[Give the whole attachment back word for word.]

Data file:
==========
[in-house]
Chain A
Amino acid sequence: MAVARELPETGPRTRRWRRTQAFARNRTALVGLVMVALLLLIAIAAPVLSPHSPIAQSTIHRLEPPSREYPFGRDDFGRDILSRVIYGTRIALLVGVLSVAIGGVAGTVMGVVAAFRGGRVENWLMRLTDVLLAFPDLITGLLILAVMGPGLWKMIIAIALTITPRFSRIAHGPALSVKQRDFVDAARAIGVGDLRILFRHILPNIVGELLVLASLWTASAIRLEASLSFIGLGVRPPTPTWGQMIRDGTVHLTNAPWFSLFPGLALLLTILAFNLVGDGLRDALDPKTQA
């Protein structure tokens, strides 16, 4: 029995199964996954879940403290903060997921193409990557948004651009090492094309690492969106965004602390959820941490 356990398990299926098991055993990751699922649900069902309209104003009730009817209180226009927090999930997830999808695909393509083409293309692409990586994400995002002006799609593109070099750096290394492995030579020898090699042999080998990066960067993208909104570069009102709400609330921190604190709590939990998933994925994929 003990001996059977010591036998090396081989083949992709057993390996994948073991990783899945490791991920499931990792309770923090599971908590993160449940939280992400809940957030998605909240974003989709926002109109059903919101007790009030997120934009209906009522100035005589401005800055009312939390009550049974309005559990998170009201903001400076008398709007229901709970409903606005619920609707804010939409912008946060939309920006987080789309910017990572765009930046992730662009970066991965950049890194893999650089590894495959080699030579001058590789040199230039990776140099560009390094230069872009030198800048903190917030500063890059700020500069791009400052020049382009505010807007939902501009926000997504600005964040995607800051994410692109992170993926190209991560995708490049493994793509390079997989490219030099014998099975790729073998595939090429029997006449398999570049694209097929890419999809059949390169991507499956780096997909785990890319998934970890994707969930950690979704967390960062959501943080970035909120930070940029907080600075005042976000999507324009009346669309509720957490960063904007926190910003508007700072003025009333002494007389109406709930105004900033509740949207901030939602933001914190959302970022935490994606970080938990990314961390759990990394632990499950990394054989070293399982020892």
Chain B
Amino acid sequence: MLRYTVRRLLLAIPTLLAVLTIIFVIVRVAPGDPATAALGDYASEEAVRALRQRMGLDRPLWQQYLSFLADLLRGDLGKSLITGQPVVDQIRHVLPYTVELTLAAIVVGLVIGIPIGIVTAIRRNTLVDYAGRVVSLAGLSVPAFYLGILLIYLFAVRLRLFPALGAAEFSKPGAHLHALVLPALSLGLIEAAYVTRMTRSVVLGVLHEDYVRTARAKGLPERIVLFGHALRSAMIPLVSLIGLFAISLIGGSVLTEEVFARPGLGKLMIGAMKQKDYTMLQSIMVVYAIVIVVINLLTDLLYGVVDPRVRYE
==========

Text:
[in-house]
Chain A
Amino acid sequence: MAVARELPETGPRTRRWRRTQAFARNRTALVGLVMVALLLLIAIAAPVLSPHSPIAQSTIHRLEPPSREYPFGRDDFGRDILSRVIYGTRIALLVGVLSVAIGGVAGTVMGVVAAFRGGRVENWLMRLTDVLLAFPDLITGLLILAVMGPGLWKMIIAIALTITPRFSRIAHGPALSVKQRDFVDAARAIGVGDLRILFRHILPNIVGELLVLASLWTASAIRLEASLSFIGLGVRPPTPTWGQMIRDGTVHLTNAPWFSLFPGLALLLTILAFNLVGDGLRDALDPKTQA
């Protein structure tokens, strides 16, 4: 029995199964996954879940403290903060997921193409990557948004651009090492094309690492969106965004602390959820941490 356990398990299926098991055993990751699922649900069902309209104003009730009817209180226009927090999930997830999808695909393509083409293309692409990586994400995002002006799609593109070099750096290394492995030579020898090699042999080998990066960067993208909104570069009102709400609330921190604190709590939990998933994925994929 003990001996059977010591036998090396081989083949992709057993390996994948073991990783899945490791991920499931990792309770923090599971908590993160449940939280992400809940957030998605909240974003989709926002109109059903919101007790009030997120934009209906009522100035005589401005800055009312939390009550049974309005559990998170009201903001400076008398709007229901709970409903606005619920609707804010939409912008946060939309920006987080789309910017990572765009930046992730662009970066991965950049890194893999650089590894495959080699030579001058590789040199230039990776140099560009390094230069872009030198800048903190917030500063890059700020500069791009400052020049382009505010807007939902501009926000997504600005964040995607800051994410692109992170993926190209991560995708490049493994793509390079997989490219030099014998099975790729073998595939090429029997006449398999570049694209097929890419999809059949390169991507499956780096997909785990890319998934970890994707969930950690979704967390960062959501943080970035909120930070940029907080600075005042976000999507324009009346669309509720957490960063904007926190910003508007700072003025009333002494007389109406709930105004900033509740949207901030939602933001914190959302970022935490994606970080938990990314961390759990990394632990499950990394054989070293399982020892």
Chain B
Amino acid sequence: MLRYTVRRLLLAIPTLLAVLTIIFVIVRVAPGDPATAALGDYASEEAVRALRQRMGLDRPLWQQYLSFLADLLRGDLGKSLITGQPVVDQIRHVLPYTVELTLAAIVVGLVIGIPIGIVTAIRRNTLVDYAGRVVSLAGLSVPAFYLGILLIYLFAVRLRLFPALGAAEFSKPGAHLHALVLPALSLGLIEAAYVTRMTRSVVLGVLHEDYVRTARAKGLPERIVLFGHALRSAMIPLVSLIGLFAISLIGGSVLTEEVFARPGLGKLMIGAMKQKDYTMLQSIMVVYAIVIVVINLLTDLLYGVVDPRVRYE